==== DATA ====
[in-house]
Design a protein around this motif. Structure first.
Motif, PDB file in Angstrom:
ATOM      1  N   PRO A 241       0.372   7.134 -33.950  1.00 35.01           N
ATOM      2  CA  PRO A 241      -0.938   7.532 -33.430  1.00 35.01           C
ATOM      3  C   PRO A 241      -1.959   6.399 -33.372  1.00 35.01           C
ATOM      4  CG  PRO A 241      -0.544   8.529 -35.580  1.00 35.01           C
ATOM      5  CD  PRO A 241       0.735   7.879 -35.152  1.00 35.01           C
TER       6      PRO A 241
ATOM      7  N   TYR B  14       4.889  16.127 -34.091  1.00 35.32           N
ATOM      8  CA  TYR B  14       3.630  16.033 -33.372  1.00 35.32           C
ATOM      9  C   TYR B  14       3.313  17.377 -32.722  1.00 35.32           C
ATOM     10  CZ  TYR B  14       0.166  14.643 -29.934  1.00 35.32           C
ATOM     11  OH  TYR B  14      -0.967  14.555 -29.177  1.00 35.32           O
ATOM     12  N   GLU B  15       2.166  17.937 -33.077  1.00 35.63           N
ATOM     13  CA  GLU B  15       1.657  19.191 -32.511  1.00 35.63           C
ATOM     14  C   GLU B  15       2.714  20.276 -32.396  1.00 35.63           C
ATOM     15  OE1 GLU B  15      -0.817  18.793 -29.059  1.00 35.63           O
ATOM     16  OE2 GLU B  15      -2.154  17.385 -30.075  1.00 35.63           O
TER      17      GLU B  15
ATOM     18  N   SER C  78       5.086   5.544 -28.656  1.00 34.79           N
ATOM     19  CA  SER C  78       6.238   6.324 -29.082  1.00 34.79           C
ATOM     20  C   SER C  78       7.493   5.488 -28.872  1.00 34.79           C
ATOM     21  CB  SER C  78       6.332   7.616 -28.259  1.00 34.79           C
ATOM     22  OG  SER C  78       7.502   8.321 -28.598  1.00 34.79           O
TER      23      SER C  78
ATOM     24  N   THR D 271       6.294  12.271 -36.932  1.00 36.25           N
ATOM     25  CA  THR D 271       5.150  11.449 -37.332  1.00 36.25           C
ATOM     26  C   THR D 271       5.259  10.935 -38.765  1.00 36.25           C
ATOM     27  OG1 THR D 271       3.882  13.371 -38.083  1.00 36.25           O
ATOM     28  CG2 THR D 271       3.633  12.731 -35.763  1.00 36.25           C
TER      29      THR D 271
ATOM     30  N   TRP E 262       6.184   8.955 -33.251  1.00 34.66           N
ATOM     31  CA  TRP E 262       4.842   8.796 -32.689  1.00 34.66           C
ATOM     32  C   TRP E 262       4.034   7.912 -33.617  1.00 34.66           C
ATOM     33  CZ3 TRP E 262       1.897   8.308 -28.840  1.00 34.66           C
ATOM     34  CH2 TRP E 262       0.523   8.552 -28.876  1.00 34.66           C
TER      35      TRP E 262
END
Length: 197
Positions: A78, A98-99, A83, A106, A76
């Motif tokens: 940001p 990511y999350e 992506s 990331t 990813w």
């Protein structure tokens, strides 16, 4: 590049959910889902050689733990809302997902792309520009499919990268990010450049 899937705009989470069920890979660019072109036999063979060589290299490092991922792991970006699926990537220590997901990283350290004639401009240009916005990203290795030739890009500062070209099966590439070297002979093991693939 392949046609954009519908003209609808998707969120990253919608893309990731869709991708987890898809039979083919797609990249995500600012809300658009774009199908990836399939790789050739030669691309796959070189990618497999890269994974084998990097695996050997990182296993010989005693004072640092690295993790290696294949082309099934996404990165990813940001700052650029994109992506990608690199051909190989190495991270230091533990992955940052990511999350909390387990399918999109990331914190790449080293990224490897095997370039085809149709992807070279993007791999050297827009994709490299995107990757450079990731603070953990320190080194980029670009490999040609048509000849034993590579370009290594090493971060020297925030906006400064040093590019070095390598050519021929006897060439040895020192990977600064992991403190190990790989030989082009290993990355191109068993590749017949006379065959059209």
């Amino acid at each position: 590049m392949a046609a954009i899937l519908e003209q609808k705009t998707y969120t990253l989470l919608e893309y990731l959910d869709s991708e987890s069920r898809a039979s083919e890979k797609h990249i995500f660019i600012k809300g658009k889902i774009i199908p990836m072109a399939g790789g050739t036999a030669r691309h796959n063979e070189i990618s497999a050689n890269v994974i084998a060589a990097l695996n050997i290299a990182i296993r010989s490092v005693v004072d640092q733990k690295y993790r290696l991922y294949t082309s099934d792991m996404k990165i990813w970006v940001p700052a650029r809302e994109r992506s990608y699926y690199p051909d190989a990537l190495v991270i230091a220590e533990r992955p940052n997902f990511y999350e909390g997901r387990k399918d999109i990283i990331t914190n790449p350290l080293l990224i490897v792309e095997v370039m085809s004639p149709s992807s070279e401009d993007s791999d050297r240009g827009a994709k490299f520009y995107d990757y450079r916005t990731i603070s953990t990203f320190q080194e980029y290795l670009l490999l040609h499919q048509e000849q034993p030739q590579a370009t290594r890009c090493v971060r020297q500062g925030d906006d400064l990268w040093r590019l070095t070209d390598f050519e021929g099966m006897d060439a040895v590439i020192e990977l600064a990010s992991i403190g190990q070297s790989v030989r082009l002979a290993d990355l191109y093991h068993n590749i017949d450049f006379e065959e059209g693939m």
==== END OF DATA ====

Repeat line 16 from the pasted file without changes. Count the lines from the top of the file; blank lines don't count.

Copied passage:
ATOM     13  CA  GLU B  15       1.657  19.191 -32.511  1.00 35.63           C